One hypothesis is that the iron sulphide spewing from deep-sea volcanic vents precipitated into a solid mass with lots of tiny chambers where simple biological molecules could become concentrated and assemble, using energy from iron redox reactions.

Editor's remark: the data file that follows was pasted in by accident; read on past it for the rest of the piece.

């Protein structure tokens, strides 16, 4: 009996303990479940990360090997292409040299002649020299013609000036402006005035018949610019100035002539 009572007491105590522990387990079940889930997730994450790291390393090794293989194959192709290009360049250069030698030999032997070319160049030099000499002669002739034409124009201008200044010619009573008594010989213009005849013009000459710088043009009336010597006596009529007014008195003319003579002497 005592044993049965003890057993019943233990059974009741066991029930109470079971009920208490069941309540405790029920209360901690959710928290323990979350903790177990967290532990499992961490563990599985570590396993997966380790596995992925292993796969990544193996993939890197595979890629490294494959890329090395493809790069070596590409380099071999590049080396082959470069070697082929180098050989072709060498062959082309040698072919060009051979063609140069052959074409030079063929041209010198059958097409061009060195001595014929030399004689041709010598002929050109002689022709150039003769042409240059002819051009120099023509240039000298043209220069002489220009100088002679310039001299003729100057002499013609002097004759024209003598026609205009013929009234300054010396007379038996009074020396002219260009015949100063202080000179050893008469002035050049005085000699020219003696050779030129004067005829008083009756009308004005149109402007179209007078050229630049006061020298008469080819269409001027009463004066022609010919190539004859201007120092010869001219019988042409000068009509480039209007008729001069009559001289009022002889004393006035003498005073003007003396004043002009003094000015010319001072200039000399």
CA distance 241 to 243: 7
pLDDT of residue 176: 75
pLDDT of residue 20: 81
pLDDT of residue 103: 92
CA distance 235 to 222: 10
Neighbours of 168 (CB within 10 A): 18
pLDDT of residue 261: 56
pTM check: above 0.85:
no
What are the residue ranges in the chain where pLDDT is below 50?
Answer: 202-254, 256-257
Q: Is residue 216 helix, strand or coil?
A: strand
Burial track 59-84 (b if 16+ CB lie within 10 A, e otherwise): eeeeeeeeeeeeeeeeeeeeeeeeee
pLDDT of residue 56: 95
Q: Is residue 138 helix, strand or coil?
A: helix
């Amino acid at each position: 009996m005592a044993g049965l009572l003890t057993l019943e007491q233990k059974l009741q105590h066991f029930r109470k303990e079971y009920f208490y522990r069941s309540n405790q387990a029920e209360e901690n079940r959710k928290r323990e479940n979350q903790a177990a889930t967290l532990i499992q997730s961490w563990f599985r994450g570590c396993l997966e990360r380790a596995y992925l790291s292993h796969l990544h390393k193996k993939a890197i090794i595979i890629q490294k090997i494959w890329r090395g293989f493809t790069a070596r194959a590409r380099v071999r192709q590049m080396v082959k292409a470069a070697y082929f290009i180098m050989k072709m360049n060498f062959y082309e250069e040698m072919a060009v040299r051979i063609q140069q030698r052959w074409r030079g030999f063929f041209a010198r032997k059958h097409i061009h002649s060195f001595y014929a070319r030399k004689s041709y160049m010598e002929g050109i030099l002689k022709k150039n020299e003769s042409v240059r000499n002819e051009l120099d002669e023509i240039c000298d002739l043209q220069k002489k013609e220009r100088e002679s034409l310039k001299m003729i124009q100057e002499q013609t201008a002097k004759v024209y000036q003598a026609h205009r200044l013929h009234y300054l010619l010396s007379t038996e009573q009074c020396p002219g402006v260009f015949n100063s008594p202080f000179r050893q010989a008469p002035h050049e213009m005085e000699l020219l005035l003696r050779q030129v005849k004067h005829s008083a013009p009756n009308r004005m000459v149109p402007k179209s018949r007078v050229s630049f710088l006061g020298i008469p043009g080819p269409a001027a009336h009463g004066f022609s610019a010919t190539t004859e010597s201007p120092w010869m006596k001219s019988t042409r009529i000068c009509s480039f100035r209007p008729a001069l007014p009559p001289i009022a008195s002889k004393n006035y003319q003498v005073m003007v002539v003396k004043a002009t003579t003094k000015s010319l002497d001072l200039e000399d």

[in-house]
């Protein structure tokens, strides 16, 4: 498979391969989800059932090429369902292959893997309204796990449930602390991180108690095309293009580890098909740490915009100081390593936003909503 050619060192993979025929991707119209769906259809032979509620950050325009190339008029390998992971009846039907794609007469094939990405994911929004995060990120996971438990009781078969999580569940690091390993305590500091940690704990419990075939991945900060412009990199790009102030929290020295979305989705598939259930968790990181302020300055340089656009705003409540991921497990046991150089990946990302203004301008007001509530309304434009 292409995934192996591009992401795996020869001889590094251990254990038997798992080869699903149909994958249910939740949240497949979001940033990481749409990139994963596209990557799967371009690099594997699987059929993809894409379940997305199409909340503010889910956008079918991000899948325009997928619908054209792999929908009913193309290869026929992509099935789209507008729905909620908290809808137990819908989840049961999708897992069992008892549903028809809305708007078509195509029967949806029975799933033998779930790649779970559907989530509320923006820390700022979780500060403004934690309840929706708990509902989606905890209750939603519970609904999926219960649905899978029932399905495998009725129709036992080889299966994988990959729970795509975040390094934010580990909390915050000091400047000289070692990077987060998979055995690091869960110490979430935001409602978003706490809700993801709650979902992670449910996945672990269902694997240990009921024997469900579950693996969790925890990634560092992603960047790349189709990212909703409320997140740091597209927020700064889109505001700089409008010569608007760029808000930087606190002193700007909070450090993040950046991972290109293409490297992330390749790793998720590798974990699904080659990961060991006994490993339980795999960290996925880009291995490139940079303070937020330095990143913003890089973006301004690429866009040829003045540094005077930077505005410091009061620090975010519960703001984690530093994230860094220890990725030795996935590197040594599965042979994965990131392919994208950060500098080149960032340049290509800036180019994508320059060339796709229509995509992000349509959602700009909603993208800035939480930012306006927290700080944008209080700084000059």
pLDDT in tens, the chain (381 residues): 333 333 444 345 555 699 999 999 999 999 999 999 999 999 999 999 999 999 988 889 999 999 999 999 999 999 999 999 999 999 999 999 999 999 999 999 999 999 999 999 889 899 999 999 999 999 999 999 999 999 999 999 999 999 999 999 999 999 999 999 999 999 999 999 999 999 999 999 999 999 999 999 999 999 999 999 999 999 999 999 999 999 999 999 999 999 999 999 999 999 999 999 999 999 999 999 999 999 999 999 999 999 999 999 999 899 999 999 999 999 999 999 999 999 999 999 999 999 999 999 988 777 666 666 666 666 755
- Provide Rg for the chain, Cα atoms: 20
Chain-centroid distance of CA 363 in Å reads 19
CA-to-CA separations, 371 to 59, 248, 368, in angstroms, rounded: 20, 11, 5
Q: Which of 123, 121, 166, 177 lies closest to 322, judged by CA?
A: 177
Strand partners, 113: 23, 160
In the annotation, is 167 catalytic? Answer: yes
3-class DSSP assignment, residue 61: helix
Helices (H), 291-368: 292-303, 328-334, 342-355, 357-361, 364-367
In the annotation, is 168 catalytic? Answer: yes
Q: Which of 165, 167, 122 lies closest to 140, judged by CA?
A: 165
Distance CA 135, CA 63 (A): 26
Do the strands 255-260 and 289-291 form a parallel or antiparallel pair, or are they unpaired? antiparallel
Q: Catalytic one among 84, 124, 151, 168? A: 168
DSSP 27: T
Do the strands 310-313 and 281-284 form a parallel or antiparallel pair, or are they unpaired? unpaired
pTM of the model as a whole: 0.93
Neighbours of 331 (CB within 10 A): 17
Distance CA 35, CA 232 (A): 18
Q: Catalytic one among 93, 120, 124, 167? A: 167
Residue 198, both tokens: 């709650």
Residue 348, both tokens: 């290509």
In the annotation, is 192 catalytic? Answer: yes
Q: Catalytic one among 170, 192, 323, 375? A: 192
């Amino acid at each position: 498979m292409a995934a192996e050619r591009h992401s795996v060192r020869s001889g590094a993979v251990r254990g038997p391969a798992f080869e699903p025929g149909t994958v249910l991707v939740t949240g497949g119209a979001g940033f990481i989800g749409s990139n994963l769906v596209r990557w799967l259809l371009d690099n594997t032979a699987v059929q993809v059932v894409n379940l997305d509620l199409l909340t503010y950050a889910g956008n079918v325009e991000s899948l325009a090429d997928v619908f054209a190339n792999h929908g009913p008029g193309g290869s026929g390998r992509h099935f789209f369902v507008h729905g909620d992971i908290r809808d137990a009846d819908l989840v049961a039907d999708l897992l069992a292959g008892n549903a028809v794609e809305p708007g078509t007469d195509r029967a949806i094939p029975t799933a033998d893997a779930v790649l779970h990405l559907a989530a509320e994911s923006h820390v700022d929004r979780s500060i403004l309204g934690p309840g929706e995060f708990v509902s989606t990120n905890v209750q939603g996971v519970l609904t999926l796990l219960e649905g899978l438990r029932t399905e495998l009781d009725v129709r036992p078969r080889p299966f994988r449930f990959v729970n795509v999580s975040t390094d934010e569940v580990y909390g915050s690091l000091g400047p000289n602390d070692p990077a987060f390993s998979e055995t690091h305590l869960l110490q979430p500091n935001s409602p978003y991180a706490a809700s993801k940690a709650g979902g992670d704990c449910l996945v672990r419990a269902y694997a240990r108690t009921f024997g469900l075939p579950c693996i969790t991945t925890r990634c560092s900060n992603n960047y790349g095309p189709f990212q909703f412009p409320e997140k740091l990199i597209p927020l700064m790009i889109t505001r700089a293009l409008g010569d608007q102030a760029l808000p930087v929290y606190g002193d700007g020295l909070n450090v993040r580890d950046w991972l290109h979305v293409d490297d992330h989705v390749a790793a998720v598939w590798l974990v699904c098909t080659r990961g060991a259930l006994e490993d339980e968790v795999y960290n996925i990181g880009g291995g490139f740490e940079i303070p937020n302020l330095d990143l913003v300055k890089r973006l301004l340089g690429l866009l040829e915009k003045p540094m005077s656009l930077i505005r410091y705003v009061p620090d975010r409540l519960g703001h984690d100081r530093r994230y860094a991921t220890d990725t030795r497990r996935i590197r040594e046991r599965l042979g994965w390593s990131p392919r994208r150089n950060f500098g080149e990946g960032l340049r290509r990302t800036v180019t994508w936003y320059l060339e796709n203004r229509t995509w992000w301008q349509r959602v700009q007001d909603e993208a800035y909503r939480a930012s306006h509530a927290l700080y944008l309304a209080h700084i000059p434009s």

The ‘panspermia hypothesis’, on the other hand, suggests that living cells or spores may have arrived fully formed travelling on comets from outer space. Recent research by Prof John Sutherland at Cambridge University offers a possible compromise between the two: comet impacts may have delivered hydrogen cyanide, which reacted with the hydrogen sulphide already on Earth to form the earliest building block molecules. That then assembled to form RNA.
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